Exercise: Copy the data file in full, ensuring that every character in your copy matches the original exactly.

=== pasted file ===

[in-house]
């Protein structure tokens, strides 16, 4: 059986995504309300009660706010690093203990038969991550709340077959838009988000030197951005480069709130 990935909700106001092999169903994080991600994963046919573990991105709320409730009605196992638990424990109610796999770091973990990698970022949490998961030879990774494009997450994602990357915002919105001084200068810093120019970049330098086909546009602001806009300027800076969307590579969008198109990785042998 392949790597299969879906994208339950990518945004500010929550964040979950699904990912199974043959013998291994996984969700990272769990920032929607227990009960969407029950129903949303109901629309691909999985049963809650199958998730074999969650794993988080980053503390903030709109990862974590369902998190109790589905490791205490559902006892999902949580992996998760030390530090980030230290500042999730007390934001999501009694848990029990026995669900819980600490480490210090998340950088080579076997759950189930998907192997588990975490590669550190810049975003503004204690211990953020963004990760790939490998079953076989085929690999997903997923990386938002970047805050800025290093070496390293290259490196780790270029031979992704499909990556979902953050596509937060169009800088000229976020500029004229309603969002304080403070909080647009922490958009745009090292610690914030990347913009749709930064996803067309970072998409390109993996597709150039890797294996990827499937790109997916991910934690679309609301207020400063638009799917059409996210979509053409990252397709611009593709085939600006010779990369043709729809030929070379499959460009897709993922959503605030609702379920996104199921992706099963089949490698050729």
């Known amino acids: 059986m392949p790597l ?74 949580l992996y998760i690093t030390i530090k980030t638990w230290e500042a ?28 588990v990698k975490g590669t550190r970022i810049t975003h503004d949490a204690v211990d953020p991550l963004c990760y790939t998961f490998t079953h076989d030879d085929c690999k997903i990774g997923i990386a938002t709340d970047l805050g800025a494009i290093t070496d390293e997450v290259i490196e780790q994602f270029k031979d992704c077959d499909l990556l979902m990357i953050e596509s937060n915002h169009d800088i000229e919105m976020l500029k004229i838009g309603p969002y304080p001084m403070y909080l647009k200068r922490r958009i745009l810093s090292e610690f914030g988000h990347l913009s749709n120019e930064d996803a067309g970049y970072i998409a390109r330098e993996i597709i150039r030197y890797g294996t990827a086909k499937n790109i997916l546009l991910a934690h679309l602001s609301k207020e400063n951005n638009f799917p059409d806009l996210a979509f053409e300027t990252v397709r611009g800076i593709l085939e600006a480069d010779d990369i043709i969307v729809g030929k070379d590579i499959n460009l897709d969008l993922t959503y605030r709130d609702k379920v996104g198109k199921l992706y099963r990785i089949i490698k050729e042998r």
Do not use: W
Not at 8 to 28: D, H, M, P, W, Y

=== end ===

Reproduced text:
[in-house]
């Protein structure tokens, strides 16, 4: 059986995504309300009660706010690093203990038969991550709340077959838009988000030197951005480069709130 990935909700106001092999169903994080991600994963046919573990991105709320409730009605196992638990424990109610796999770091973990990698970022949490998961030879990774494009997450994602990357915002919105001084200068810093120019970049330098086909546009602001806009300027800076969307590579969008198109990785042998 392949790597299969879906994208339950990518945004500010929550964040979950699904990912199974043959013998291994996984969700990272769990920032929607227990009960969407029950129903949303109901629309691909999985049963809650199958998730074999969650794993988080980053503390903030709109990862974590369902998190109790589905490791205490559902006892999902949580992996998760030390530090980030230290500042999730007390934001999501009694848990029990026995669900819980600490480490210090998340950088080579076997759950189930998907192997588990975490590669550190810049975003503004204690211990953020963004990760790939490998079953076989085929690999997903997923990386938002970047805050800025290093070496390293290259490196780790270029031979992704499909990556979902953050596509937060169009800088000229976020500029004229309603969002304080403070909080647009922490958009745009090292610690914030990347913009749709930064996803067309970072998409390109993996597709150039890797294996990827499937790109997916991910934690679309609301207020400063638009799917059409996210979509053409990252397709611009593709085939600006010779990369043709729809030929070379499959460009897709993922959503605030609702379920996104199921992706099963089949490698050729």
């Known amino acids: 059986m392949p790597l ?74 949580l992996y998760i690093t030390i530090k980030t638990w230290e500042a ?28 588990v990698k975490g590669t550190r970022i810049t975003h503004d949490a204690v211990d953020p991550l963004c990760y790939t998961f490998t079953h076989d030879d085929c690999k997903i990774g997923i990386a938002t709340d970047l805050g800025a494009i290093t070496d390293e997450v290259i490196e780790q994602f270029k031979d992704c077959d499909l990556l979902m990357i953050e596509s937060n915002h169009d800088i000229e919105m976020l500029k004229i838009g309603p969002y304080p001084m403070y909080l647009k200068r922490r958009i745009l810093s090292e610690f914030g988000h990347l913009s749709n120019e930064d996803a067309g970049y970072i998409a390109r330098e993996i597709i150039r030197y890797g294996t990827a086909k499937n790109i997916l546009l991910a934690h679309l602001s609301k207020e400063n951005n638009f799917p059409d806009l996210a979509f053409e300027t990252v397709r611009g800076i593709l085939e600006a480069d010779d990369i043709i969307v729809g030929k070379d590579i499959n460009l897709d969008l993922t959503y605030r709130d609702k379920v996104g198109k199921l992706y099963r990785i089949i490698k050729e042998r």
Do not use: W
Not at 8 to 28: D, H, M, P, W, Y